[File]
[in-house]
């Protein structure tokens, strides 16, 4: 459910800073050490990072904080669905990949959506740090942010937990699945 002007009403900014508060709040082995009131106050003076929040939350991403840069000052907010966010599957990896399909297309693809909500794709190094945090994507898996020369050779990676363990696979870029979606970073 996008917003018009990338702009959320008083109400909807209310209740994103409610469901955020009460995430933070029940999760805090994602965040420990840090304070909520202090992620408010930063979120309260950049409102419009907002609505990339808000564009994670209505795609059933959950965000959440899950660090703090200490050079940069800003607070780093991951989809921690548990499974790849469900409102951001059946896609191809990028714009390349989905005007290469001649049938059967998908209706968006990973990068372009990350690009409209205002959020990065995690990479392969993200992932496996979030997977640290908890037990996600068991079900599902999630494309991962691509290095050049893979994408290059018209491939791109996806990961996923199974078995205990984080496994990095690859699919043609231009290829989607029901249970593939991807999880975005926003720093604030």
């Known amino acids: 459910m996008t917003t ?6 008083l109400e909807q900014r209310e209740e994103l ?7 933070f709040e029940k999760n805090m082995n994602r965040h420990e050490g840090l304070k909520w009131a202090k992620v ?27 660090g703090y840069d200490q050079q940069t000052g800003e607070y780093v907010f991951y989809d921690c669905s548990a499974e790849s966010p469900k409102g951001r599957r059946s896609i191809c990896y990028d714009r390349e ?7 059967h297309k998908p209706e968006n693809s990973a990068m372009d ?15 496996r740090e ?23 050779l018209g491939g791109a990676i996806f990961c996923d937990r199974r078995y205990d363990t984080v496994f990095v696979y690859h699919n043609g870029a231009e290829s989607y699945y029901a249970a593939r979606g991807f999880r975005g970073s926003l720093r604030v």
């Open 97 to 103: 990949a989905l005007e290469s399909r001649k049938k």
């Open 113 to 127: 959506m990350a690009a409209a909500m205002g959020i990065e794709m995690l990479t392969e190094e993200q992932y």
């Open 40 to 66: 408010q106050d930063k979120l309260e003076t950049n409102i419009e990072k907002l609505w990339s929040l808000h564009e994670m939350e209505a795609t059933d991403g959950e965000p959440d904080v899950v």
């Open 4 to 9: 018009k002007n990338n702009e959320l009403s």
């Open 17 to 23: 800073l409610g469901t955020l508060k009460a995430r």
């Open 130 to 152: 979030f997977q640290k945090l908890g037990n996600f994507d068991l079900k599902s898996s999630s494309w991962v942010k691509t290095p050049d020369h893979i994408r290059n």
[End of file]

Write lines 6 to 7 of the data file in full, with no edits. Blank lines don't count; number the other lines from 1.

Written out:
């Open 40 to 66: 408010q106050d930063k979120l309260e003076t950049n409102i419009e990072k907002l609505w990339s929040l808000h564009e994670m939350e209505a795609t059933d991403g959950e965000p959440d904080v899950v």
């Open 4 to 9: 018009k002007n990338n702009e959320l009403s």